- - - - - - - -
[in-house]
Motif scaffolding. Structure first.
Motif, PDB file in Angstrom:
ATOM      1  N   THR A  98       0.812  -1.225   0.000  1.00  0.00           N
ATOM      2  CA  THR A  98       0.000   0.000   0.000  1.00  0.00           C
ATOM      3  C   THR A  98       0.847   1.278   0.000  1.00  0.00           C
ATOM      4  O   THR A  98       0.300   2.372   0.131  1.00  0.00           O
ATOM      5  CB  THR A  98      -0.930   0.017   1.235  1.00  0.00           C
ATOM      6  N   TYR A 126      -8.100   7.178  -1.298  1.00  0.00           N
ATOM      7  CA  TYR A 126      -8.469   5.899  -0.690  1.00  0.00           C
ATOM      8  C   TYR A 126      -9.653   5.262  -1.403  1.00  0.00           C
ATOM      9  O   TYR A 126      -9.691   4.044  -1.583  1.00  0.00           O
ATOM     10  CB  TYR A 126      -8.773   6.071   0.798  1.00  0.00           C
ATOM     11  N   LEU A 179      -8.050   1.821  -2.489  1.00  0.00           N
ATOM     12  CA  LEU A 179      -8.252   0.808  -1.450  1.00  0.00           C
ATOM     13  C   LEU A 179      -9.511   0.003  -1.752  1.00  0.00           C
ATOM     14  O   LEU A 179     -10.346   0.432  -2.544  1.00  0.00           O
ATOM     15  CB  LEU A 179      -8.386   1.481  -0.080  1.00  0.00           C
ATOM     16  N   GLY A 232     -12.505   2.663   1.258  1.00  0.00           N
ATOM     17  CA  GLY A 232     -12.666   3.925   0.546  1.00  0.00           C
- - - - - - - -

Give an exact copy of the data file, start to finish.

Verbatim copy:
[in-house]
Motif scaffolding. Structure first.
Motif, PDB file in Angstrom:
ATOM      1  N   THR A  98       0.812  -1.225   0.000  1.00  0.00           N
ATOM      2  CA  THR A  98       0.000   0.000   0.000  1.00  0.00           C
ATOM      3  C   THR A  98       0.847   1.278   0.000  1.00  0.00           C
ATOM      4  O   THR A  98       0.300   2.372   0.131  1.00  0.00           O
ATOM      5  CB  THR A  98      -0.930   0.017   1.235  1.00  0.00           C
ATOM      6  N   TYR A 126      -8.100   7.178  -1.298  1.00  0.00           N
ATOM      7  CA  TYR A 126      -8.469   5.899  -0.690  1.00  0.00           C
ATOM      8  C   TYR A 126      -9.653   5.262  -1.403  1.00  0.00           C
ATOM      9  O   TYR A 126      -9.691   4.044  -1.583  1.00  0.00           O
ATOM     10  CB  TYR A 126      -8.773   6.071   0.798  1.00  0.00           C
ATOM     11  N   LEU A 179      -8.050   1.821  -2.489  1.00  0.00           N
ATOM     12  CA  LEU A 179      -8.252   0.808  -1.450  1.00  0.00           C
ATOM     13  C   LEU A 179      -9.511   0.003  -1.752  1.00  0.00           C
ATOM     14  O   LEU A 179     -10.346   0.432  -2.544  1.00  0.00           O
ATOM     15  CB  LEU A 179      -8.386   1.481  -0.080  1.00  0.00           C
ATOM     16  N   GLY A 232     -12.505   2.663   1.258  1.00  0.00           N
ATOM     17  CA  GLY A 232     -12.666   3.925   0.546  1.00  0.00           C